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Read what alumni have to say about our Design and the Decorative Arts at the Institute.

image2Ryoko Kijima

What is the most interesting thing you learned at Sotheby’s Institute?
I always enjoyed the handling sessions. Sometimes, we were showed genuine pieces and fake pieces together and challenged to find the fake one. It always showed me how important it is to see as many objects as possible and train our eyes. It is really interesting that the reason for being fake was sometimes that the piece was too "perfect."

What role did London play in your education?
London is a really exciting city for art people. I am always amazed to find how culturally rich this city is. I remember once I saw a very historical piece of Japanese screens in a gallery, which could be important enough to be exhibited in a museum if it was in Japan. Also, you could see amazing works at the auction houses, which you might never have a chance to see ever again. For me, it was not possible to see those works if I were in Japan, and this is why I love bieng in London.

What was the first artwork to have an impact on you?
It is not a particular work, but I clearly remember the time I got into the art. As a kid, museums were just these dim, quiet and boring places and I did not like to be brought there by my parents. It was when I had a school visit to a museum and we got to examine the paintings that I realized how pleasant it was to look at the every details of brushstrokes. I had not realized that there was a lot to look at in a single painting and it struck me. I still remember the excitement that occurred inside me.

What was the most formative moment in your career?
I think now is the most important moment in my career. Before entering Sotheby’s Institute, I worked in a trading company in Tokyo and did imports and exports of raw materials, which obviously is not related to art. It is time for me to connect all the dots of my life experiences and my interest in art. It is really challenging but exciting moment. I cannot say where I will be and what I will be doing in five years.

What is the biggest risk you have ever taken?
Quitting my previous job was very risky in a way. In Japan, most people only work for one company until they retire. I could have had a steady future if I just continued working for them, but I decided to throw it away because I could not let myself do the things I did not love. And I have never regretted that decision.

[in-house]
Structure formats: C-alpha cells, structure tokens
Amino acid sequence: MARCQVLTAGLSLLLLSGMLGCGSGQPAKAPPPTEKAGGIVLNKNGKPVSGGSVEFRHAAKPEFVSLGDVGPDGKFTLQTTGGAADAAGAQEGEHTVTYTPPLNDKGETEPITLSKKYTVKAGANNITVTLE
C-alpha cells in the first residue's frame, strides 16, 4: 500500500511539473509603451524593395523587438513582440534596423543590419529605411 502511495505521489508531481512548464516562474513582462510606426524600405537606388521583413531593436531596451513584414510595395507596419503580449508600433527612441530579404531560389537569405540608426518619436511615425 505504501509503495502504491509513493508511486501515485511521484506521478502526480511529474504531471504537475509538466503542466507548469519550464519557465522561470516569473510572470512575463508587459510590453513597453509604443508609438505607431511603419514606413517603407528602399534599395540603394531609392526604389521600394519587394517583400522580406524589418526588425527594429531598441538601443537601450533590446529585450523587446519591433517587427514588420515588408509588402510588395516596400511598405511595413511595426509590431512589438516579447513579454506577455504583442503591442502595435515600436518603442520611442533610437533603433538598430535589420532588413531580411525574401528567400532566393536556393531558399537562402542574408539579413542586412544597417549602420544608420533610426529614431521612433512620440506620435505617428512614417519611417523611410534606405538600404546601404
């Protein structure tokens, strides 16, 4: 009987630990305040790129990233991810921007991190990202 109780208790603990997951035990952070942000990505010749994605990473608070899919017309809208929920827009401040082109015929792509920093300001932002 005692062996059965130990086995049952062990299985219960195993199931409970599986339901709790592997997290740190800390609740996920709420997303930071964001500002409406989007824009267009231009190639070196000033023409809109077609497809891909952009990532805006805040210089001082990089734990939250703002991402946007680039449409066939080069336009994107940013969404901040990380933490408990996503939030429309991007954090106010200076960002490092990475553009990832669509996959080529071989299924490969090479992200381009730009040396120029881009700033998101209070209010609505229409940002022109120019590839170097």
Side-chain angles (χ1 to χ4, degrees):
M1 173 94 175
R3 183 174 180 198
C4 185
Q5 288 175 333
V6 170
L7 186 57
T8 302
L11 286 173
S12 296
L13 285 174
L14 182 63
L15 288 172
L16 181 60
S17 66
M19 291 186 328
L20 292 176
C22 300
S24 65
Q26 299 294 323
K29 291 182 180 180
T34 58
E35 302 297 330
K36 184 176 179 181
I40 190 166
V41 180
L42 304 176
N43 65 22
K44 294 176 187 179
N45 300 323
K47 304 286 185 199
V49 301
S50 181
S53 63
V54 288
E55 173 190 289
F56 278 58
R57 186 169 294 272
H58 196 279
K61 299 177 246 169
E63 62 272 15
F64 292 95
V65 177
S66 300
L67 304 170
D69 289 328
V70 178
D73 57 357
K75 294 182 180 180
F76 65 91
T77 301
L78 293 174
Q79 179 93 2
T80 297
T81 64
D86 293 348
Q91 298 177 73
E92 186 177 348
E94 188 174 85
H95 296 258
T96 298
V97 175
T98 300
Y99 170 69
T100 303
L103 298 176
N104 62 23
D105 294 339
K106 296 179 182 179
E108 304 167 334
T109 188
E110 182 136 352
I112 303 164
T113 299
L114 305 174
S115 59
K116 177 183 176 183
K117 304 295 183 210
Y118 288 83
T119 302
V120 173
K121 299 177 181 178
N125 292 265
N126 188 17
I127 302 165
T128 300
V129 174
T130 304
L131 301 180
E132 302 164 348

Megan Turley

Age: 39 years old.

Occupation: Deputy Director & Senior Valuation Manager, Valuations Department, Sotheby’s London

What is your nationality/where are you from? Cape Town, South Africa

What did you enjoy most about the course?
The object handling sessions and the tours of the auction house previews. Also, the range of the type of artworks that we covered was astounding! Everything from furniture through to silver, ceramics, glass and objet de vertu, not to mention the invaluable lessons in architectural styles.

How did the course contribute to your development?
It provided the platform (and confidence!) I needed to leave my career in law and replace it with a career in the art industry.

What have you done since the course?
I spent 6 months interning at Sotheby’s London, whereafter I was fortunate enough to be offered a job as a Valuation Manager in the Valuations Department at Sotheby’s London.

What was your background prior to joining the course?
I was a corporate lawyer (specialising in Mergers & Acquisitions) at Allen & Overy LLP’s London office.

How was the experience of Paris and of the other study visits?
The trip to Paris was indisputably one of the highlights of the course. The afternoon we spent at Kraemer & Cie, one of the oldest antiques dealerships in Paris, was one that I am likely to remember for the rest of my life! I had never before seen such a treasure trove of exquisite objects – it was tantamount to walking into Aladdin’s Cave!

Teaching and learning directly through art objects is a main focus of the course, which was the object that you loved most?
It was a room rather than an object that captivated me – the Music Room from Norfolk House, St. James’s Square (the Duke of Norfolk’s London home), which was saved when the rest of the house was demolished in 1938. I still pop in to see it every time I visit the V&A – for me, it is the pinnacle of Georgian splendour and I find it mesmerising!

Marnie Dawson

Age: 41 years old.

Occupation: n/a

What is your nationality/where are you from? Australian

What did you enjoy most about the course?
The richly informative and fascinating lectures, the museum and house visits which supported the lectures and enabled us to see the various objects up-close and first-hand.

How did the course contribute to your development?
I now have a great foundation of knowledge and understanding of the decorative arts, interiors and architecture from 1680 up to the present.

What have you done since the course?
I have applied for Sotheby's internship, and in June I helped at Masterpiece Art Fair as a vetting scribe.

How was the experience of Paris and of the other study visits?
The Paris trip was so much fun. There are some incredible pieces of furniture and glass in Musée des Arts Décoratifs and it was fantastic to be able to see the finest French furniture and decorative arts up-close. The other highlight for me from my time on the Paris field trip was visiting the Kraemer Gallery.

Teaching and learning directly through art objects is a main focus of the course, which was the object that you loved most?
I couldn't answer this as there were so many things I loved. I was most impressed by Ham house and Willow Road.